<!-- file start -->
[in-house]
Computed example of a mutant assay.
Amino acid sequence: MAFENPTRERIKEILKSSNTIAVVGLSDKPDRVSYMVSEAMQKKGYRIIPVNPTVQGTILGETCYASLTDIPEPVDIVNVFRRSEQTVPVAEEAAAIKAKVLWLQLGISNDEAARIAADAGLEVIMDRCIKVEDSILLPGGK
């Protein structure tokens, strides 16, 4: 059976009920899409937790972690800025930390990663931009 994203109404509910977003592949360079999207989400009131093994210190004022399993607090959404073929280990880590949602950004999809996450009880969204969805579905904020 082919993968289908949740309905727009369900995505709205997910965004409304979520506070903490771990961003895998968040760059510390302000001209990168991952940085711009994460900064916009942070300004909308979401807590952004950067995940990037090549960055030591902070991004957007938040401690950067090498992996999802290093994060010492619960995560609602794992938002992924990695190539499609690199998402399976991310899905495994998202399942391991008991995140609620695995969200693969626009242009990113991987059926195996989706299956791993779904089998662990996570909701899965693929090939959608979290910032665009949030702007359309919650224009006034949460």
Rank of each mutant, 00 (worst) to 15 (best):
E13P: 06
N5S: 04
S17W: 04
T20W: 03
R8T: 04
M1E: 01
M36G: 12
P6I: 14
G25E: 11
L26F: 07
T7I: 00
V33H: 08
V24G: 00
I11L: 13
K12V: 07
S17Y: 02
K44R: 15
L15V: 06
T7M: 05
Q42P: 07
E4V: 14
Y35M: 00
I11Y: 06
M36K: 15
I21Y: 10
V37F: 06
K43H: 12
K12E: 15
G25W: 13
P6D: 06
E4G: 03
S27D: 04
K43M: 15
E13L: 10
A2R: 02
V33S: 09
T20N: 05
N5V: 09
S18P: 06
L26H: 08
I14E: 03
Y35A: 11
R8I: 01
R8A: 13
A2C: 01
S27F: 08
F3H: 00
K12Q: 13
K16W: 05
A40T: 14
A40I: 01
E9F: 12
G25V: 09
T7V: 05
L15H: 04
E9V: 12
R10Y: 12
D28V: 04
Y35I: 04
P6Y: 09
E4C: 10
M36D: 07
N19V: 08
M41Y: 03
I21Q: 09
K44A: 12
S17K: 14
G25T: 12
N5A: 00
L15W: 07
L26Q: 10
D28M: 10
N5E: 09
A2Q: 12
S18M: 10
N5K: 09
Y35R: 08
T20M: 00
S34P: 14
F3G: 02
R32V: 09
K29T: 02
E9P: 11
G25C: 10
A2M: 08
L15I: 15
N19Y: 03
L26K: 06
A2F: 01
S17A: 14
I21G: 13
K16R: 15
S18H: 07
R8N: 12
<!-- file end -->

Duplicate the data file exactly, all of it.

[in-house]
Computed example of a mutant assay.
Amino acid sequence: MAFENPTRERIKEILKSSNTIAVVGLSDKPDRVSYMVSEAMQKKGYRIIPVNPTVQGTILGETCYASLTDIPEPVDIVNVFRRSEQTVPVAEEAAAIKAKVLWLQLGISNDEAARIAADAGLEVIMDRCIKVEDSILLPGGK
């Protein structure tokens, strides 16, 4: 059976009920899409937790972690800025930390990663931009 994203109404509910977003592949360079999207989400009131093994210190004022399993607090959404073929280990880590949602950004999809996450009880969204969805579905904020 082919993968289908949740309905727009369900995505709205997910965004409304979520506070903490771990961003895998968040760059510390302000001209990168991952940085711009994460900064916009942070300004909308979401807590952004950067995940990037090549960055030591902070991004957007938040401690950067090498992996999802290093994060010492619960995560609602794992938002992924990695190539499609690199998402399976991310899905495994998202399942391991008991995140609620695995969200693969626009242009990113991987059926195996989706299956791993779904089998662990996570909701899965693929090939959608979290910032665009949030702007359309919650224009006034949460």
Rank of each mutant, 00 (worst) to 15 (best):
E13P: 06
N5S: 04
S17W: 04
T20W: 03
R8T: 04
M1E: 01
M36G: 12
P6I: 14
G25E: 11
L26F: 07
T7I: 00
V33H: 08
V24G: 00
I11L: 13
K12V: 07
S17Y: 02
K44R: 15
L15V: 06
T7M: 05
Q42P: 07
E4V: 14
Y35M: 00
I11Y: 06
M36K: 15
I21Y: 10
V37F: 06
K43H: 12
K12E: 15
G25W: 13
P6D: 06
E4G: 03
S27D: 04
K43M: 15
E13L: 10
A2R: 02
V33S: 09
T20N: 05
N5V: 09
S18P: 06
L26H: 08
I14E: 03
Y35A: 11
R8I: 01
R8A: 13
A2C: 01
S27F: 08
F3H: 00
K12Q: 13
K16W: 05
A40T: 14
A40I: 01
E9F: 12
G25V: 09
T7V: 05
L15H: 04
E9V: 12
R10Y: 12
D28V: 04
Y35I: 04
P6Y: 09
E4C: 10
M36D: 07
N19V: 08
M41Y: 03
I21Q: 09
K44A: 12
S17K: 14
G25T: 12
N5A: 00
L15W: 07
L26Q: 10
D28M: 10
N5E: 09
A2Q: 12
S18M: 10
N5K: 09
Y35R: 08
T20M: 00
S34P: 14
F3G: 02
R32V: 09
K29T: 02
E9P: 11
G25C: 10
A2M: 08
L15I: 15
N19Y: 03
L26K: 06
A2F: 01
S17A: 14
I21G: 13
K16R: 15
S18H: 07
R8N: 12